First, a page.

Universal Products

Consider some of the most successful products in history:


The screw.

The rope.

The wheel.

What do they have in common?

They simultaneously have an enormous range of obviously valuable applications (it's not a big stretch of the imagination to see how a nail can be useful) and at the same time make very few assumptions about how they should be used or in what context. There is something very elemental and basic in each of them.

Paper: a highly portable and durable device for storing and displaying data, with zero marginal maintenance cost.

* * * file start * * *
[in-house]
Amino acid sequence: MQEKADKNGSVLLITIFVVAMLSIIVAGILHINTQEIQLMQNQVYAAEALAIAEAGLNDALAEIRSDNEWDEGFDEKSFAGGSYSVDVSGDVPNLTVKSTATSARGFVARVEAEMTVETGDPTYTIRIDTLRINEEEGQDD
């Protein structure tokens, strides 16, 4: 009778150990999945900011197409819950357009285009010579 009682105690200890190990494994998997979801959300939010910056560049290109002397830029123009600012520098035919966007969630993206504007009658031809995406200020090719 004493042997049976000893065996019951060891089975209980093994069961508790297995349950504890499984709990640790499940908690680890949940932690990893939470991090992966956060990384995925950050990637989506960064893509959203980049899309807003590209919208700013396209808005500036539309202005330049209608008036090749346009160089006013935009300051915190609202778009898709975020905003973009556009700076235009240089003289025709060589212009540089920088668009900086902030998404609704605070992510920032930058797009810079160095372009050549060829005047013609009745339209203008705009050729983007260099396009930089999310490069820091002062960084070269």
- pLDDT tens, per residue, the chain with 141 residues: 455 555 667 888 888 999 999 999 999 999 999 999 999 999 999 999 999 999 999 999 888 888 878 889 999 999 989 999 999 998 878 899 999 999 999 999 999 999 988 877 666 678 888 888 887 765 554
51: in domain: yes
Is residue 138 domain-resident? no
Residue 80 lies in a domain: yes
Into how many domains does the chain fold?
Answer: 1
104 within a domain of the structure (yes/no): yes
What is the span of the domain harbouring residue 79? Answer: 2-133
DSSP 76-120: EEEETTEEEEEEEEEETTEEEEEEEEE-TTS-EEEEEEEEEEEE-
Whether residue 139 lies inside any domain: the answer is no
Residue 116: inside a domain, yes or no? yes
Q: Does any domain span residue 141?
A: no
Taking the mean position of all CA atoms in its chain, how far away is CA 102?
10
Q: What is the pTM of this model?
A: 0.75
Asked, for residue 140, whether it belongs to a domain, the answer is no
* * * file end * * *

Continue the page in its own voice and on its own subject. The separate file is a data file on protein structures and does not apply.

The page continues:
The screw: a small device for fastening two planar objects together, which is resilient under tensile loads

The rope: a linear device which comes in configurable lengths (from 1" to virtually infinite length) which is highly flexible, self-fastening, and optimized for resistance to tensile loads.

The wheel: a device for reducing the friction of a moving object over a surface

Time to Develop

Products which spend more than a year in development without any validation or feedback are doomed to fail.

It's because over a long timespan, you are forced to make arbitrary decisions for the users. You're basically gambling, flipping the coin each time. If you do this enough times, the odds of success diminish as 0.5^x where x is the number of decisions you must make.